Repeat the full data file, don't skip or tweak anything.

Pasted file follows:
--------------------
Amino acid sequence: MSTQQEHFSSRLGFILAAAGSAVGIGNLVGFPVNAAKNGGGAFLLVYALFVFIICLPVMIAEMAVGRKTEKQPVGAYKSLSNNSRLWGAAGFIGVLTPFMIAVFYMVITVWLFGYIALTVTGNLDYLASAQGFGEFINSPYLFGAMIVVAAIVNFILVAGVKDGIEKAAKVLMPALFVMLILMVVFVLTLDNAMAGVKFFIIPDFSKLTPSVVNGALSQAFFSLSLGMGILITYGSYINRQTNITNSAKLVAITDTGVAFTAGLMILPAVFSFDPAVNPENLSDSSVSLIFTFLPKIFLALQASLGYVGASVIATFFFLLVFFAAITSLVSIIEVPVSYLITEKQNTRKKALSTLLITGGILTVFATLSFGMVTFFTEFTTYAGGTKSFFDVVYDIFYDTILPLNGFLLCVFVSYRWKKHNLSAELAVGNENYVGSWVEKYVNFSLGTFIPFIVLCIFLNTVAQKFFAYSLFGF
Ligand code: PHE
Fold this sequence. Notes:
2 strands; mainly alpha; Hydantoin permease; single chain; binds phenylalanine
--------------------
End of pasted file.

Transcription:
Amino acid sequence: MSTQQEHFSSRLGFILAAAGSAVGIGNLVGFPVNAAKNGGGAFLLVYALFVFIICLPVMIAEMAVGRKTEKQPVGAYKSLSNNSRLWGAAGFIGVLTPFMIAVFYMVITVWLFGYIALTVTGNLDYLASAQGFGEFINSPYLFGAMIVVAAIVNFILVAGVKDGIEKAAKVLMPALFVMLILMVVFVLTLDNAMAGVKFFIIPDFSKLTPSVVNGALSQAFFSLSLGMGILITYGSYINRQTNITNSAKLVAITDTGVAFTAGLMILPAVFSFDPAVNPENLSDSSVSLIFTFLPKIFLALQASLGYVGASVIATFFFLLVFFAAITSLVSIIEVPVSYLITEKQNTRKKALSTLLITGGILTVFATLSFGMVTFFTEFTTYAGGTKSFFDVVYDIFYDTILPLNGFLLCVFVSYRWKKHNLSAELAVGNENYVGSWVEKYVNFSLGTFIPFIVLCIFLNTVAQKFFAYSLFGF
Ligand code: PHE
Fold this sequence. Notes:
2 strands; mainly alpha; Hydantoin permease; single chain; binds phenylalanine